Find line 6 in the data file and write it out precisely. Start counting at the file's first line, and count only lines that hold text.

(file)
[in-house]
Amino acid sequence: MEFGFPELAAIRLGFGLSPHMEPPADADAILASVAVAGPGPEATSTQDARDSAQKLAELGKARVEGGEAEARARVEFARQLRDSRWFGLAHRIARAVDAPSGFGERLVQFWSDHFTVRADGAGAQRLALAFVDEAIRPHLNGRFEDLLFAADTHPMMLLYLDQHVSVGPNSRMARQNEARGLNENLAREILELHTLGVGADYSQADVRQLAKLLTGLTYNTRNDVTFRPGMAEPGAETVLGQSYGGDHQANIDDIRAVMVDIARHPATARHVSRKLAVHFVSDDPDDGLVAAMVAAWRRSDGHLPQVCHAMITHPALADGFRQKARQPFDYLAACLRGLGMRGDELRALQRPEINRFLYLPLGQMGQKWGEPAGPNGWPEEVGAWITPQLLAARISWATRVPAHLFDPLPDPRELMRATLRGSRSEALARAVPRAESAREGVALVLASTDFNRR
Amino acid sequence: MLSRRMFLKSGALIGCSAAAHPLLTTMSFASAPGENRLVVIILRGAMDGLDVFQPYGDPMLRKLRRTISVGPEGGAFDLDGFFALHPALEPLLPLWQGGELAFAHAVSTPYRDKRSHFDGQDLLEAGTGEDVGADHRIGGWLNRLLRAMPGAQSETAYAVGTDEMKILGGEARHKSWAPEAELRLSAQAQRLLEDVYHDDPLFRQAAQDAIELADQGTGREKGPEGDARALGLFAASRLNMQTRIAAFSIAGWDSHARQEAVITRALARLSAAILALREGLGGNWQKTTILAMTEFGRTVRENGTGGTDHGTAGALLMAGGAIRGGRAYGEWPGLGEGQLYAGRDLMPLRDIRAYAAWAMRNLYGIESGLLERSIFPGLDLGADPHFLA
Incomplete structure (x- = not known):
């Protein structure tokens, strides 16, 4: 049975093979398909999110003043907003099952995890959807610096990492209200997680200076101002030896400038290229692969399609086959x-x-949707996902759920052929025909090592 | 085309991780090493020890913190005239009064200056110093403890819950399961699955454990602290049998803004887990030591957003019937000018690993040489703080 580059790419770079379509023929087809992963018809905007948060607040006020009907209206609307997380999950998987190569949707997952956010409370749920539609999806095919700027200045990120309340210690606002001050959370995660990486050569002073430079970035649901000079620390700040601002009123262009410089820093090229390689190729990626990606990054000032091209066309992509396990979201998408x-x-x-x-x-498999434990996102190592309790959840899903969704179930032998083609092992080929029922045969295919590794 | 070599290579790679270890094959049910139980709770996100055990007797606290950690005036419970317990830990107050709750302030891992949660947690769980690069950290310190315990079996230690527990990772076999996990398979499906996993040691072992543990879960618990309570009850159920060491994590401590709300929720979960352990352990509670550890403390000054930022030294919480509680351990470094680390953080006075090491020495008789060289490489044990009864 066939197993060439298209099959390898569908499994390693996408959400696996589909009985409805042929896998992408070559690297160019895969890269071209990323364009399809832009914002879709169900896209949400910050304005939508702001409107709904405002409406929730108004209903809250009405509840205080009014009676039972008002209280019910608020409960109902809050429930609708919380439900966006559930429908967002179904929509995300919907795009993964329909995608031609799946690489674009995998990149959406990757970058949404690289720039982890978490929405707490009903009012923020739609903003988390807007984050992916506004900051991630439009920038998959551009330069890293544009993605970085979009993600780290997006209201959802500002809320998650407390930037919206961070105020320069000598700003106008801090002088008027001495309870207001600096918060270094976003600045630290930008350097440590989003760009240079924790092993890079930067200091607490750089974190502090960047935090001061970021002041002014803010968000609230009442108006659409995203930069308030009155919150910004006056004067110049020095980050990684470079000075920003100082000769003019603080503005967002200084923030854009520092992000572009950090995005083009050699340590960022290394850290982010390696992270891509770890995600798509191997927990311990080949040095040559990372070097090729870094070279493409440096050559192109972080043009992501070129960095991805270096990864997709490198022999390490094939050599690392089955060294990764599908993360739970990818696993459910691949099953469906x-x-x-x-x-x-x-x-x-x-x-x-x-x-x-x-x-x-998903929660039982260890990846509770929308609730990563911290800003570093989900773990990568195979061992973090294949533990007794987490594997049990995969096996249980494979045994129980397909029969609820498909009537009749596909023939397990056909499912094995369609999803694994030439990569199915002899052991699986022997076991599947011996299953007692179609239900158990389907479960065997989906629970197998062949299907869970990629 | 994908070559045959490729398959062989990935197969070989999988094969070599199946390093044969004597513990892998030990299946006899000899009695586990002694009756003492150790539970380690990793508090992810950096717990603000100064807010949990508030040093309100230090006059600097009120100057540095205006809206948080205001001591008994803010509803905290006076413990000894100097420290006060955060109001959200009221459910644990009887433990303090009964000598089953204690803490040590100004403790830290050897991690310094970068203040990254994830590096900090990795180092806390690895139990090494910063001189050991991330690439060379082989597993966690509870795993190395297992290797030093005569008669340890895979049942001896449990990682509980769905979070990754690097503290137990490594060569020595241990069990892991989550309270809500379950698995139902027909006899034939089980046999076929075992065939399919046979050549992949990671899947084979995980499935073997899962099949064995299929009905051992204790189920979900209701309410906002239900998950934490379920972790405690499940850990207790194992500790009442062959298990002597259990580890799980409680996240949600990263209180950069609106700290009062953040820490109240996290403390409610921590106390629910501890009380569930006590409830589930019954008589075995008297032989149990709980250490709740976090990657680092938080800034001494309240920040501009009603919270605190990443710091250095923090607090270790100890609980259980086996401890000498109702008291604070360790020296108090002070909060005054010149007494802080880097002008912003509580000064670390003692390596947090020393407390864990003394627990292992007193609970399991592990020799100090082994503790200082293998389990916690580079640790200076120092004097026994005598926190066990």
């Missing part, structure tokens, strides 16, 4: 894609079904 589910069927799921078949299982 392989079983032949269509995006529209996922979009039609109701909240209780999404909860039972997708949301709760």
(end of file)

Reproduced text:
């Missing part, structure tokens, strides 16, 4: 894609079904 589910069927799921078949299982 392989079983032949269509995006529209996922979009039609109701909240209780999404909860039972997708949301709760």